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New Restaurant Billing Practice Upsets Diners

Lotus of Siam is one of Las Vegas’ most famous Thai restaurants, drawing people from around the world. 


Recently, though, the restaurant started a new billing practice that has upset some customers. Lotus began adding an optional 3 percent surcharge to bills to help pay for employee health insurance. 

Penny Chutima is the manager of the restaurant and the daughter of the chef and owner Saipin Chutima.

She told KNPR's State of Nevada that she decided to add the surcharge after hearing about a similar idea at restaurants in California.

Chutima said the restaurant pays 60 percent of the health care costs and the employees pay the rest. The surcharge now offsets what the employees were paying.

The reaction to the decision has been intense. Customers have said they would not be returning to the restaurant, which is a James Beard award-winning establishment.

Some have suggested the restaurant increase the price of the menu items instead.

Chutima said there are tax reasons for creating a surcharge.

“If I added a 3 percent mark up on to my menu, it’s considered what? – income," she explained, "So when the government sees… when you file at the end of the year – it’s income tax. If I do a 3 percent, which is a 3 percent employee-only, it’s non-taxable."

While the practice is common in California and other places, Lotus of Siam is one of the first restaurants in Nevada to give it a try. Chutima said the history of her restaurant is allowing them to be the canary in the coalmine.

“My mother is very established in the restaurant business. We’ve been in business for 20 years," she said, "All of our employees have actually been with us for a very long time.”

Longtime restaurant critic and blogger John Curtas agreed that Lotus of Siam's reputation is allowing it to be the first restaurant to give the surcharge a try.

“In a sense, they’re sort of like the Colin Kaepernick of local restaurants here," he said, "They’re taking the bullet here for everybody else by doing what is more and more becoming commonplace not so much in Nevada but certainly in California and other cities around the country.”

Curtas wrote about the surcharge for his blog. He received a lot of comments everything from people decrying it as part of the Californication of Nevada to others saying they're willing to pay a few cents for wait staff and cooks to keep their health insurance.

As for Curtas, he's on the fence about whether it is a good idea.

“I think they are to be applauded for what they’re trying to do but I don’t like the optics of it,” he said.

Curtas thinks one of the problems is while Lotus of Siam is trying to do the right thing for its workers the general public doesn't value restaurants and restaurant workers.

“We have put restaurants into this second-class citizen role in America for so long to where we think that waiters don’t have to be paid much and who cares if the dishwasher is paid much and who cares if the owner or the guy cleaning the plates is putting in 12 hour days at a wage much lower than it should be comparable to other types of labor like that,” he said.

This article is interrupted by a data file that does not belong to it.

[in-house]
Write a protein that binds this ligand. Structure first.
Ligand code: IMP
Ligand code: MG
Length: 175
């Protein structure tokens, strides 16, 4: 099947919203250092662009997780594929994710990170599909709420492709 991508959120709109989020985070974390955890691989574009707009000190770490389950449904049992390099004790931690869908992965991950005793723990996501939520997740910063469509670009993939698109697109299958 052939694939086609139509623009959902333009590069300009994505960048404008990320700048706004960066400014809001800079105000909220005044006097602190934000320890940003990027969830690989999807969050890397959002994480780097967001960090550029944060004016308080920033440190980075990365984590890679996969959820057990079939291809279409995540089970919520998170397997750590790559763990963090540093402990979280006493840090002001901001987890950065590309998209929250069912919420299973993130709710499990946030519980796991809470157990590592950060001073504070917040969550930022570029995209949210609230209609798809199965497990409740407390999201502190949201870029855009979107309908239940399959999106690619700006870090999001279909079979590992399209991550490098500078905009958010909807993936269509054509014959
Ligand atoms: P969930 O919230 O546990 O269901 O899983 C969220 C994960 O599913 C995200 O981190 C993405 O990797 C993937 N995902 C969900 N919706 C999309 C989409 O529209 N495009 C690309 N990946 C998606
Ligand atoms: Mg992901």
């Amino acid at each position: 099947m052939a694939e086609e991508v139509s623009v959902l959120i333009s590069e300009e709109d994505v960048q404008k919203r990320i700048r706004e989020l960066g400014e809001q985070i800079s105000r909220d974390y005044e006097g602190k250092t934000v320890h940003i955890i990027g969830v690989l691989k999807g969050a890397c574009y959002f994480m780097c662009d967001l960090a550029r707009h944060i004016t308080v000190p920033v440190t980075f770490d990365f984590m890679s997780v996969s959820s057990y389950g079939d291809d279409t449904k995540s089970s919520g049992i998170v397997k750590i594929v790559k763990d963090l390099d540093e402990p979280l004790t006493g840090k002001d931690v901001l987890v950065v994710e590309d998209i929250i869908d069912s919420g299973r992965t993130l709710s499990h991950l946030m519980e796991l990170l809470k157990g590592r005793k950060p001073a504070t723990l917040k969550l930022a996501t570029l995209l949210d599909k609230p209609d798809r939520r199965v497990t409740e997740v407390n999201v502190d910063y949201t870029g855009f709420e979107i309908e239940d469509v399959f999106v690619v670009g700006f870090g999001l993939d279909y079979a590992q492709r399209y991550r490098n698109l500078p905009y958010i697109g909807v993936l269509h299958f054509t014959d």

Curtas noted that Americans pay a lower percentage of their income for food and service than people in other countries. He said that even though the restaurant business is booming workers aren't paid like other businesses.

He said higher-priced restaurants would get less blowback from customers because if they're paying $250 for a dinner it doesn't matter if a salad is $15 or $16. However, less expensive restaurants get more pushback when they raise their prices even a few dollars.

James Trees is the chef and owner of Esther's Kitchen. He agreed. He said owners of three restaurants in Los Angeles - one high end, one middle and one less expensive - raised their prices to pay for an increase in the minimum wage. Customers at the high-end eatery didn't mind but that was not the case at the less expensive place.

“People at Huckleberry who were buying a $4 muffin? They freaked out,” he said.

Trees was working LA when minimum wage hikes and rules for employee health care went into effect. He said the mandates made the profit margins for restaurants even thinner.

“In the last 10 years, the amount a restaurant can make going from 15 and 20 percent down to five and four percent,” he said.

And he said restaurant owners are afraid to raise prices, especially if they're making something a customer feels they could get cheaper somewhere else with little explanation for the price difference.

But Chutima pointed out that if a dish at one restaurant is a lot cheaper it is either because the quality of the food isn't as good or because the employees aren't getting paid as much or they aren't getting any benefits.

Trees said Lotus of Siam is actually unusual because it is offering health care benefits to its employees. Most restaurants -including his own - can't afford to provide health care even though they want to.

“The first year my restaurant was open I didn’t have health insurance,” he said.

Despite the pushback from customers, Chutima said the 3 percent surcharge is staying.

“My whole 3 percent is actually to show that restaurants don’t do what everyone assumes. We’re not billionaires. We’re not millionaires," she said.


Penny  Chutima, manager, Lotus of Siam; John Curtas, restaurant critic,; James Trees, chef and owner, Esther's Kitchen

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Joe Schoenmann joined Nevada Public Radio in 2014. He works with a talented team of producers at State of Nevada who explore the casino industry, sports, politics, public health and everything in between.